Retinal microvascular changes appear to be associated with development of disability in performing activities of daily living among older adults, and retinal signs may be useful in predicting outcomes among this population, according to a report published Online First by Archives of Ophthalmology, one of the JAMA/Archives journals.
"We have recently found that a higher burden of retinal signs was associated with poor executive function and physical function in a cross-sectional analysis," the authors write as background information in the article. "Based on this evidence, we hypothesized that retinal signs might predict future disability in performing activities of daily living."
Using data collected during the Cardiovascular Health Study, a population-based study of community-dwelling older adults, Dae Hyun Kim, M.D., M.P.H., of the Beth Israel Deaconess Medical Center and Harvard School of Public Health, Boston, and colleagues examined the association of retinal microvascular changes with disability to perform activities of daily living. Retinal signs that were measured included generalized arteriolar narrowing, generalized venular widening, retinopathy, arteriovenous nicking, and focal arteriolar narrowing.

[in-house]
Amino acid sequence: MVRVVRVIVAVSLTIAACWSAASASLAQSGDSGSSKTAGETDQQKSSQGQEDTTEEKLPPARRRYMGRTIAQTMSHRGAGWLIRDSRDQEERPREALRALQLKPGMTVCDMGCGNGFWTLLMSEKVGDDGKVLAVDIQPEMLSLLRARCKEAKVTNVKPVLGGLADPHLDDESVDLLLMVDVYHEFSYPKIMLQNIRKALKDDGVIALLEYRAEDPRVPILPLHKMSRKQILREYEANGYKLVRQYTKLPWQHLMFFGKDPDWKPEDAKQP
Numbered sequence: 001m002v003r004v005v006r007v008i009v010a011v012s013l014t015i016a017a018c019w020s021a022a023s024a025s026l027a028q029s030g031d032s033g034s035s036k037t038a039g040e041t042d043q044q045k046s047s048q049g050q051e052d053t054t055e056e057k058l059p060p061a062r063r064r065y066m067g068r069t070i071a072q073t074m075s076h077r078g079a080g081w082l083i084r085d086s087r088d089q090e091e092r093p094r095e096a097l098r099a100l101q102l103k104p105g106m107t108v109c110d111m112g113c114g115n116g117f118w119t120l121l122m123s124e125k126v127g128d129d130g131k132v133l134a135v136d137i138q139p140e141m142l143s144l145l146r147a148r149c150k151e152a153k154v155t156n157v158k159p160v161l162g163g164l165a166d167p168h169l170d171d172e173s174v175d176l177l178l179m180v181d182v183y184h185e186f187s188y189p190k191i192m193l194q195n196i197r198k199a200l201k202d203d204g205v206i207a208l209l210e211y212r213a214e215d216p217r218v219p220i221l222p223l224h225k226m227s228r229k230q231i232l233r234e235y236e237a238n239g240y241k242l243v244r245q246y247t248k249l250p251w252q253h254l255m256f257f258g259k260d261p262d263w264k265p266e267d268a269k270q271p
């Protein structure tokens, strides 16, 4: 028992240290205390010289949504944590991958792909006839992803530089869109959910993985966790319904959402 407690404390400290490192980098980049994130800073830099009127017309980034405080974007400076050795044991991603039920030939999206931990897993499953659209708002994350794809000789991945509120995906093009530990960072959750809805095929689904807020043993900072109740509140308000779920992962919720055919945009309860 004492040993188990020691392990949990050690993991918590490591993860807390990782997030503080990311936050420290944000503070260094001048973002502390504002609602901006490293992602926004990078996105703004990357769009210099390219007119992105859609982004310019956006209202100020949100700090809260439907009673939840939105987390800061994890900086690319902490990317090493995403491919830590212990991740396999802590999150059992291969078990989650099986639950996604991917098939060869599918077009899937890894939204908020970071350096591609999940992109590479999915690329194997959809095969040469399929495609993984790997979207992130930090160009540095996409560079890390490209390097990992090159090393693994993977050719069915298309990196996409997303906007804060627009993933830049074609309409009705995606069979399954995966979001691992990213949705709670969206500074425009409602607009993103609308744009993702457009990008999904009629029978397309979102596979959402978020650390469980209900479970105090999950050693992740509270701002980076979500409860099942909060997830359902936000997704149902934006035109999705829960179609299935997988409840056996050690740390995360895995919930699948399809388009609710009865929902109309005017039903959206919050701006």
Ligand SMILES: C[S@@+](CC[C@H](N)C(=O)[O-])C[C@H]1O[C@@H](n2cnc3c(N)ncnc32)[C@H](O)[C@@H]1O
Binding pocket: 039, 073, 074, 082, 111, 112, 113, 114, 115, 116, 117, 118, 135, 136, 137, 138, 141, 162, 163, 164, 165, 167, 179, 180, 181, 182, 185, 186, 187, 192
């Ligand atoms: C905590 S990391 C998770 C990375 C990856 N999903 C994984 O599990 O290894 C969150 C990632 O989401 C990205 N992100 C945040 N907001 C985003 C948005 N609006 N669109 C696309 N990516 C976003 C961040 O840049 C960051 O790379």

At the baseline examination, the overall prevalence of retinal signs was 7.1 percent (92 of 1,294) for retinopathy, 7.5 percent (85 of 1,135) for arteriovenous nicking (constriction of a vein in the retina at an where it crosses an artery) and 10.4 percent (111 or 1,063) for focal arteriolar narrowing. Patients with two or more retinal signs comprised 6.9 percent (61 of 880) of the study population with complete retinal data. During a median follow-up of 3.1 years (maximum, 7.8 years) and after adjusting for other factors, the presence of two or more retinal signs was associated with a 1.45-fold increased rate of disability; however, individual retinal signs were not.
Further analysis showed that the presence of two or more retinal signs was associated with disability compared with having no signs, while having one retinal sign was not. The authors found no particular combinations of retinal signs that showed greater risk than others. Additionally, the association was independent of vascular risk factors and carotid atherosclerosis, and among those without diabetes or clinical cardiovascular disease.
"Our study supports the hypothesis that microvascular disease accelerates age-related disability and retinal signs can be useful in understanding mechanisms and predicting outcomes," the authors conclude. They also note that, "our study suggests that the presence of two or more retinal signs may be an early marker of microvascular disease that portends an elevated risk for future activities of daily living disability in community-dwelling older adults independently of major risk factors for disability and microvascular disease on brain MRI."
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